The frontier. (O'Neill City, Holt County, Neb.) 1880-1965, January 31, 1935, Image 1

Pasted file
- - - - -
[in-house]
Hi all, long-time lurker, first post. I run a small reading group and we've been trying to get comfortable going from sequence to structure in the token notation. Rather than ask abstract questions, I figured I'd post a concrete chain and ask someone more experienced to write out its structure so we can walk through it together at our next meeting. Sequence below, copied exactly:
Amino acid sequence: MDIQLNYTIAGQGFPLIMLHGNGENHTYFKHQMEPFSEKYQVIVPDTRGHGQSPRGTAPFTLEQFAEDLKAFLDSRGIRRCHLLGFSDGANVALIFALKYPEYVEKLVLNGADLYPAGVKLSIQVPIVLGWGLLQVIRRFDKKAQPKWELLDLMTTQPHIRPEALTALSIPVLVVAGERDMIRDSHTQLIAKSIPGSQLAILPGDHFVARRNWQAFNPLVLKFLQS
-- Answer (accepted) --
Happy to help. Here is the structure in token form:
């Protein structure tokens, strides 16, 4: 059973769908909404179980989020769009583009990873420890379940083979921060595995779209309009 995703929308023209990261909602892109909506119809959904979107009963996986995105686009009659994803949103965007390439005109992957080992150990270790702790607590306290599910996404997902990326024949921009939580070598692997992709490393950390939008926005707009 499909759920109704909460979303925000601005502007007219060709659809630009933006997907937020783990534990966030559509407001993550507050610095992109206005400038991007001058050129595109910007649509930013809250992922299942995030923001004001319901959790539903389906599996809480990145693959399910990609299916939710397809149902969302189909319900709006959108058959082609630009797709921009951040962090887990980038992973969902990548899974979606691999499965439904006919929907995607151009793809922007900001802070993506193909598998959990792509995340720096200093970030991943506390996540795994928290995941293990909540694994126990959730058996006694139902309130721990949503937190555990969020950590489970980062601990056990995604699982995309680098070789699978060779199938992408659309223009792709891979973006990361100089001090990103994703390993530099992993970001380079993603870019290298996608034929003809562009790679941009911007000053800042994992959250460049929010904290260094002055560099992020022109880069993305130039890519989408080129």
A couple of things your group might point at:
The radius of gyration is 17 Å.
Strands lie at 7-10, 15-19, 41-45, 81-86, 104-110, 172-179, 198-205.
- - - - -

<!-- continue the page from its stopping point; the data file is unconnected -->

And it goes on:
VOL. LV. O’NEILL, NEBRASKA, THURSDAY, JANUARY 31. 1936. No. 37 ^OUTLINE CORN-HOG CONTRACT METHOD FOR SUMMER—1935 Goal Set For Having Contracts Ready For Signing By The Latter Part of April. All corn-hog producers in Ne braska who are interested in the 1935 program will be asked to sign an application blank as the first step in the 1935 sign-up. This ap plication blank will entitle the sign ers to vote at the annual meeting of the association where 1935 com munity committeemen and the board of directors of the county corn-hog control association are elected. Landlords who wish to vote at these meetings may do so by signing the application with the tenant. The annual meetings and elec tions will be held soon after the application signing days are com pleted. The next step will be to apraise the corn land and to list the figures on listing sheets and summarize them for the county. When the summary for the county has been approved by the state board of review, clerks in the office will finish the figures for the con tract and type the contracts. Farm ers will then be asked to come to contract signing days to look over their figures and sign the contracts if they are satisfactory. Nothing is binding in the agreement until the farmer signs the contract and it is accepted by the Secretary of Agriculture in Washington. Just how soon this work can be done and the contracts signed can not be determined at this time, but practically every association in the state expects to have the contracts ready for signature by corn plant ing time. The general goal set up over the state has been to get the application signing days over by the middle of February, the elec tions and appraising schools over by the first of March, most of the appraising done during the month of March, and the figures approved and contracts prepared during the early part of April so that con tract signing days can be held the latter part of April or the first of May. 4 Contract signers will be encour aged to think the 1934 benefit pay ments as part of their crop returns for 1935 and not expect them dur ing the spring months. Experience in 1934 shows that the handling of contracts and compliance papers from over a million contracts is more of a job than anticipated early in 1934. Meetings where application may be signed will be held as follows: Swan and Josie preceints at Dist. 238, Thursday, Feb. 7. Wyoming and Fairvie\\ precincts at Amelia Town Hall, Thursday, Feb. 7. Emmet and Pleasantview at O’ Connor Hall, Friday, Feb. 8. Saratoga and Coleman at Phoe nix School Dist. 51, Saturday Feb. 9. Rock Falls at Voting Place, Sat urday, Feb. 9. Contract writers will be present from 9 a. m. to 5 p. m. It will save time and expense if those intend ing to sign will come prepared to fill out their application at one of these meetings. Producers Must Plant 25 Percent of Corn Base Corn-hog allotment committee men will have the power in 1935 to turn down a contract of a producer who in actual fact has retired and who is trying to draw benefit pay ments. The ruling says that un less the producer has a good reason ^ and is excused by the allotment committee, he must have planted 25 per cent of his corn base and farrowed 25 per cent of his hog base in order to fulfill his contract in 1935, the signer must either be excused by his allotment committee or must plant 25 per cent of his corn base and farrow 25 per cent of his hog base in 1935. j In recent district conferences al lotment committees were inclined to believe that the lack of food and lack of breeding stock in the drouth areas would be sufficient reason for failure to farrow pigs in 1935. They thot they would use the ruling only when it was evident that a man was trying to pose as a producer only to get the benefit payment. Any farmer who is doing the best he could to make a living or the farm, but who happened to fail to produce up to his minimum will probably be excused in :he drourh territory by the allotment commit tee. Some misunderstanding of this ruling has already been no ticed over the state. Farmers who have sold all of their hogs have been worrying about the ruling which they thot was a strict re quirement that they produce 25 per cent of their base in order to get their 1935 payment. So far as the state corn-hog administration is concerned, it will recommend that allotment committeemen ad minister this ruling according to their common sense and good judg ment. , „ t Civil Service Commission Issues Warning Against Misleading Information The United States Civil Service Commission says that numerous letters received at its office from different parts of the country in dicate that misleading information is being given to the public by agents of some of the correspond ence schools which give instruction in preparation for civil-service ex aminations. To guard aganst the loss of mon ey paid for tuition of this kind the Civil Service Commission informs the public as follows: No one can promise appoint ments to positions for which the United States Civil Service Com mission holds examinations. The claim that such assurance can be given brands the person making it as a fraud. Information regarding examina tions for the United States Civil Service may be obtained from the boards of United States Civil Ser vice Examiners. There is such a board in each community which has a post office of the first or second class. In nearly all cities the civil service board is located at the post office. Before paying money for tuition, or signing a contract, it is advis able to make inquiry concerning the prospect of examinations. There is reason to believe that agents of some schools deceive the public as to the probability of early examinations. No school has advance informa tion regarding the need for em ployees or the probability of ex aminations. Shaver Leaves Grocery Store To His Creditors Guy E. Shaver, who came here from Winner, S. D., about a year and a half ago and purchased the grocery store operated here by D. Abdousch, which he had operated since that time, made an assign ment to Sheriff Duffy last Monday for the benefit of creditors, He did not file a list of creditors or an i inventory of stock on hand, so it is | not known what the indebtedness | on the stock of goods is. Shaver and his family left town Monday and we understand that he has gone to Iowa where he has accepted a position with a radio firm that is operating stores as a side issue. Bulletin Service On Feed Is Avaliable In an effort to help farmers get information regarding the location of surplus feed within Nebraska and buyers for such feed, the agri cultural drcuth relief service at Lincoln is putting out weekly bul letins regarding the feed situation, Agricultural Agent Reece has been informed. Altlio there has been consider able roughage shipped into many drouth areas from surplus sections, W. W. Derrick, assistant state drouth relief director, says there is still a large amount of Nebraska grown feeds available for stock men. Earlier in the winter, there was quite a movement of livestock from deficit feed areas to localities of abundant feed but this has de creased in recent weeks. Holt county farmers can get copies of the feed bulletin by writ ing W. W. Derrick, College of Ag riculture, Lincoln. Adel Calvin, who has been a clerk in the office of the federal re-em ployment service here for the past eight months, returned to her home at Wahoo last Sunday night. The government is cutting down its force of employees in the federal offices here. NEBRASKA NEWS OF STATE AFFAIRS — By James R. Lowell Among the recent actions of the | Nebraska legislature are indica-] tions that it will fall in line with President Roosevelt’s proposed so-1 cial security measures which mark an important step in our emerg ence from the age of mechancial science into a new era of social science. At the same time work projects are being lined up so that this state will be ready to go when the new federal relief setup goes into operation. , Rep. Schroeder (D), of Bloom field, introduced the first measure calculated to develop a social secur ity; program in Nebraska. His bills call for overhauling the pre sent old age pension law, and for a state-wide system of compulsory health insurance. The old age pension system would be financed by equal contri butions of one per cent from the employe, the employer and the state, and pensions would be ap proximately $30 per month. In cidentally, Nebraska counties prob ably will be able to obtain consid erable aid in meeting the cost of caring for unemployable relief clients, as ordered recently by FERA Administrator Harry Hop kins, if a satisfactory old age pen sion bill is passed. This would allow' the counties to match dol lars with the federal government in caring for persons over 65 years of age. Schoreder s health insurance bill provides for a 3 per cent contribu tion by employes, a one and one half per cent contribution by em ployers and a one-half per cent contribution by the state to give sick or injured employes half pay difring disability. Payments would be limited to $15 a week and only employes receiving less than $250 a month would be included under the bill. A maternity benefit is included, for women employes, w'hile in addition, both women and men employes would receive a cash benefit of $15 for each child. Medical and hospital benefits would be made available to mothers coming under the bill’s provisions, and to all employes coming under its provisions, and, to a limited ex tent, to their dependents. Schore der declares, however, that this measure does not in any respect set up a system of state medicine. A two per cent sales tax is pro posed in a bill introduced by Sen O’Brien (D) of Grand Island, to provide funds for old. age pensions. Single persons over 60 would re ceive $40 a month and married couples over that age would receive $60, providing they were without other adequate means of support. Married couples having an annual income of $500 or more, and single persons with an income of $250 and up would be ineligible to re ceive the benefits provided by the bill, as would prison and insane asylum inmates and anyone pos sessing a homestead worth $3,000 or more. The office of old age pen sion commissioner would be created the incumbent to receive $3,000 a year. O’Brien estimates the two per cent sales tax would raise close to $7,000,000 a year for old, age gratitudes. A bill to unify the’administration of relief in the state has been in troduced by a mixed group of dem ocratic and republican represent atives including Hyde of Gothen burg, Schroeder of Bloomfield and Canfield of Tekamah, democrats, and Hastings of Osceola and Adams of Omaha, republicans. The measure is intended to effect economies in relief administration by centraliz ing into one department the duties now performed by the state FERA, the state bureau of labor, of health and a new social service bureau. In charge of the department would be a noti-salaried state board of public welfare of five members. A full-time commissioner of public welfare would be in charge, his salary to be fixed by the board, and a commissioner in charge of each, the labor, health and social service bureaus. State Labor Commissioner Mat thews declares that labor interests, both organized and unorganized, will oppose hooking up the labor department with health and social service, but social welfare leaders of the state say such a combina tion must be made if the state is to keep pace with the growing (Continued on page 4, column 1.) - Hospital Notes Walter Kick, of Inman, came in I Sunday evening and was operated on Monday for Hernia. Mrs. Leo Hanna, of Chambers, underwent a minor operation Mon day morning. She went home Wed nesday morning. Mrs. Robert Ferris, of Middle Branch was brot in Tuesday night) in a critical condition. She gave j birth to a son, still born, Wednes-1 day morning at 10 a. m. Scientist, Formerly Of This County, Studying Water Plants As Feed J. G. Kennedy, one of the pi oneer settlers of Verdigris precinct, was an O’Neill visitor last Satur day and favored this office with a pleasant call. Mr. Kennedy was discussing the recent article of Prof. Ross Aiken Gortner, of the University of Minnesota, who is classed as one of the five greatest living scientists, published in a re cent issue of Science. Mr. Kennedy was especially in terested in the article because Prof. Gortner is a native of this county, having been born in Verdigris pre cinct in 1885, the son of one of Holt county’s old time ministers, and Mr. Kennedy knew him well as a boy and has continued acquaint anceship thru the years. Prof. Gortner is now president of the scientific society of the United States and is a member of a com mittee of three from the leading universities of the country to ap pear before congress and ask that there be more chemistry and sci ence taught in the higher grades of the schools of the country. Prof. Gortner’s article in Science discusses the shortage of food for cattle in drouth states, and says: “The shortage of forage for cat tle in drouth areas of the United States, led me to investigate the nutritive qualities of the weeds on lake bottoms in Minnesota and I found that these water plants would not only be suitable substitutes for fodder, but were, in most cases, more nourishing than land plants. In studying 28 varities of water plants I learned that the common yellow pond lilly, that children col lect from row boats on picnics, contains more than 17 per cent of proteins and only 13.75 per cent of crude fiber, while corn fodder con tains only half as much of the nutrient proteins and more than twice as much of the undigestible fibers.” Small Boy Dies Of Pneumonia Larry Loren Lanphear, youngest: son of Mr. and Mrs. Harry Lan-1 phear, of O’Neill, died at his home j at 4:30 o’clock Saturday morning, j January 26. He was sick about a week with pneumonia and intest-1 inal flu. He was born July 22, | 1932, and was two years, six j months and four days old at the time of his death. He leaves to mourn, his lather and mother, four sisters and four brothers. The sisters are: Mrs. George Zink, of O'Neill; Vera E. Lanphear, of Hartington, Nebr., and Viola and Irene, at home. The brothers are: Lloyd, Charley, Al bert and Wayne, also at home. He also had one sister, Myrtie, who died 12 years ago. Funeral services were conducted by Rev. A. J. May at the home at 10 o’clock Sunday morning, and burial in Prospect Hill cemetery. Corn-Hog Meetings Are Wei! Attended Over 650 farmers in Holt county attended the meetings held last week discussing the details of the 1935 corn-hog contract. Many of those present at the meeting were people who did not sign last year but are interested in the new pro gram. The new program is more attractive to landlords as well as tenants or owners. Since there are to be no contracted acres the land taken out of corn production may be put into any other crop and there are no restrictions on the dis posal of these “other” crops with i the only exception in this county being, the case where a producer already has a wheat contract. The new contract gives the new produc er an opportunity that was not present in the old program. Joe Hughes, of Battle Creek, was an O’Neill visitor Thursday. THE STORY OF FIVE BILLION DOLLARS By Representative Karl Stefan of Nebraska In his budget message to the Congress on January 7, 1935, the President, among other things, said: “I recommend that $4,000, 000,000.beappropriated by the Con gress in one sum, subject to alloca tion by the executive, principally for giving work to those unem ployed on the relief rolls.” On January, 21, 1935, House Joint Resolution 117 was introduced by Congressman Buchanan of Tex as, Chairman of the House Com mittee on Appropriations. The joint resolution was referred to as one making appropriations for re lief purposes, and contained in it the provision that if and when en acted, it may be cited as the “Em ergency Relief Appropriation Act of 1935.” This House joint resolu tion is the measure which during the last few days has claimed the attention of the country by reason of the fact that it undertakes to appropriate four billions of dol lars in one sum for emergency re lief purposes. The measure has been and is important, not only be cause of the magnitude of the ap propriation that it carries, but be cause it has again projected into the scene the much mooted ques tion of the delegation of legislative power—in other words, the collec tive powers of Congress—to the Chief Executive. The resolution in its original form provides that the sum of $4, 000,000,000 shall become immedi ately available and shall remain available until June 30, 1937. In addition to the direct appropria tion of the principal sum, the res olution make available from un obligated balances of previous ap propriations and funds, a total of $880,OOf ,000. Therefore, for all practical purposes this measure when presented to the House, was a measure authorizing the expendi ture of $4,880,000,000. The preamble of the resolution stated that the purpose of the ap propriation was in order to pro tect and promote the general wel fare, to (1) provide relief from the hardships attributed to widespread unemployment and conditions re sulting therefrom; (2) to relieve economic maladjustments; (3) to alleviate distress; and-or (4) to im prove living and working condi tions. The state of policy went on further to say that the money ap propriated was to be used in the discretion and under the direction of the President in such manner and for such purposes, and-or such projects, including but not limited to slum clearance, rural housing, rural electrification, reforestation, soil erosion, land reclamation, im provement of existing road sys tems and construction of national highways; grade crossing elimina tion; Civilian Conservation Corps work, and other useful Federal or non-Federal Work. Further than indicated by these notations, no specific program of projects to which funds may be allotted is es tablished, at least by the action of the Congress, and no definite amounts out of the $4,880,000,000 are set aside for any specific pur pose. A subcommittee ot the Appro priations Committee of the House, in charge of deficiency appropria tions, conducted a hearing on this measure on Monday, Jan. 21, and three witnesses appeared before this subcommittee. They were the Secretary of the Treasury, the Act ing Director of the Bureau of the Budget, and the Director of the Procurement Division of the Treas ury Department. The entire hear ing has been reproduced in approx imately 45 pages of printing on ordinary book-size paper. Under date of Wednesday, Jan. 23, the resolution was reported to the House by the Committee on Appropriations, and in its report the Committee said: “The purpose of the joint resolution is to give effect to the recommendation of the President of the United States, with respect to providing work re lief for the unemployed as a sub stitute for the dole plan.” Prior to the time that the meas ure could then be taken up for con sideration on the floor of the House, a rule had to be obtained which would establish the parla mentary limitations under which the consideration of the measure would proceed. Let it be said here that a rule is a resolution proposed by the House Committee on Rules which fixes and limits the time during which general debate on the measure will proceed; which provides for the division of time on the two sides of the House and which either makes all amendments from the oor out of order or spe cifically provide that certain amend ments or all amendments will be in order, as the case may be. Such a rule is the tool, and the House committee on rules is the creator of 4-he tool, which fashions the groove through which legislation must pass. The proposed rule which the Committee on Rules submitted to the House on the 22nd of January, provided that general debate on the resolution should continue not to (Continued on page 5, column 3.) Crumley Grey Hounds Make Good Catch Of Coyotes This Season A. T. Crumley, living about ten miles northeast of this city, was in the city last Saturday. Mr. Crumley had with him a photo graph of 17 coyote pelts that had been captured in the eastern part of the county after the snow fall the forepart of the month. His son, Lindley Crumley, has three grey hounds and for the past six or seven years they have been hunting coyotes in various parts of the county and have been meet ing with marked success in captur ing them. They have managed to run down and capture about 25 a year, but this season promises to eclipse all others in the number of of coyotes taken. Besides the 17 taken in the second week in Jan uary, they have captured seven since, making 24 since the first of the year. Besides a lot of sport in the chase and capture the financial re turns this season have been very good. They received $fiO for the pelts of the first 17 captured, or nearly $4.00 a piece. About a week ago their dogs got one large coyote that came up into the yard at the Crumley home to raid the chicken coop. Dr. H. L. Bennett of this city ac companies Mr. Crumley on many of his coyote trips. Doc accom panies them because he likes the sport and he sometimes has oc casion to treat the hounds after they have had a tough battle with a hungry and powerful coyote. Mr. Crumley says that the dogs seldom have to chase a coyote a mile be fore they catch it. Atkinson Business Man Dies Monday Morning Thomas Campbell, 52, lumber man and well known resident of Atkinson, dropped dead in that city last Monday morning, a few mom ents after he had walked aeross the street from the lumber yard to the shop of his brother, George, who operates a tire shop there. Thomas was the son of Mr. and Mrs. Moses Campbell and was a resident of this city when he was a little shaver, the family moving from O’Neill to Atkinson some thing like 35 or 40 years ago, where they had since resided. For many years Tom was a traveling sales man, returning to Atkinson and taking over the management of the lumber yard shortly before the death of his father several years ago. Tom was a very popular young man and had many friends in this city and county who will regret to learn of his sudden death. The funeral was held last Wed nesday morning from the house and interment in the Catholic cem etery. A large delegation of O’Neill friends went to Atkinson to attend the funeral. Holt county farmers are wonder ing when they are to get the second installment of their corn-hog mon ey for 1934. This payment was supposed to arrive on or about No vember IB, but it is now about the first of February and it has not arrived yet. No election for a couple of years, so what’s the use to hurry. CARD OF THANKS We sincerely wish to thank all those who assisted us during the death and burial of our dear hus band, father and brother.—Mrs. L. D. Calkins and daughter, Joan; Mrs. Dave Robare; Mrs. James Harkins; Walter Calkins; Chester Calkins and Fred Calkins. DEATH TAKES ONE MORE OF COUNTY’S EARLY SETTLERS Mrs. Catherine McCarthy Dies At Her Home After An Illness Of Several Months. Mrs. Catherine McCarthy died at her home southwest of this city last Monday evening, after an ill ness of several months, at the age of 68 years, 3 months and 13 days. Catherine Sullivan was born in County Cork, Ireland, on October 15, 1866, where she lived for sev eral years. When she was a young girl she came to the United States and. located at Butte, Mont., where she met and was united in mar riage to Timothy McCarthy in June, 1877. Shortly after their marriage she came with her husband to this county and settled on the home stead that he had taken a few years pi'eviously on Dry Creek, about eight miles southwest of this city, and she had been a resident of the county ever since. To her union with Mr. McCarthy nine children were born, tw'o sons and seven daughters, six of whom survive and are left to mourn the death of a kind, considerate and affectionate mother. The children are: Dennis A. and Miss Margaret, at home; Sister Marie Helen, An aconda, Mont.; Mrs. Mary Dancey, Highmore, S. D.; Mother M. Im maculota, Buffalo, N. Y., and Sister M. Patrice, Harve, Mont., all of whom were present at the funeral except Mother M. Immaculota and Sister M. Patrice, who were unable to attend. Mrs. McCarthy was one of the real pioneers of this section of the state and endured all the hardships and privations of the early day settlers. She was a splendid wife and mother. She was hospitable, kind and charitable and willing to endure all the hardships of the early days in order that her loved ones might be well and happy. The funeral was held at 9:30 Thursday morning from the Cath olic church, Monsignor McNamara officiating, and burial in Calvary cemetery at the side of her hus band who passed away in August of last. year. Considering the foggy morning the funeral was largely attended, testifying to the high esteem in which the deceased was held by the people of this section. Two Killed, One Dying Result of Auto Crash H. W. Tomlinson received word this morning that his niece, Miss Eva Jackson, 21, was instantly killed at 1 o’clock Thursday morn ing, when the car in which she was riding ran into a culvert. Miss Jackson was an employee of the telephone company at Winner and at the time of the accident was re turning from a dance at Gregory. One of her companions was also killed and another one is dying. Miss Jackson is the daughter of Mr. and Mrs. Robin Jackson, for many years residents of this county, living near Red Bird, but left here about 12 years ago and now live at Verdel. Mr. and Mrs. H. W. Tomlinson and Mr. and Mrs. Glenn Tomlinson will leave this afternoon for Ver del and will remain until after the funeral. St. Mary's Loses To Spalding Academy St. Mary’s basketball team went to Spalding last Sunday and met defeat at the hands of the Acad emy team there, with a score of 23 to 18. This is the first time the Spalding crew has ever been able to win a game from the St. Mary's Cardinals. O’Neill relatives received word Tuesday that Donald Coyne, sou of Mr. and Mrs. William Coyne, of Spalding, died at the home of his parents there that morning, after an illness of about one week of pneumonia. Mr. Coyne was 24 years of age and was born at Ewing, where his parents lived for a number of years, pricr to their removal to Spaulding. For the past year Donald had been manag ing a general mercantile store at Primrose, owned by his father. The funeral will be held Friday morning at Spaulding and burial there. Pete Todsen was transacting business in Norfolk last Monday.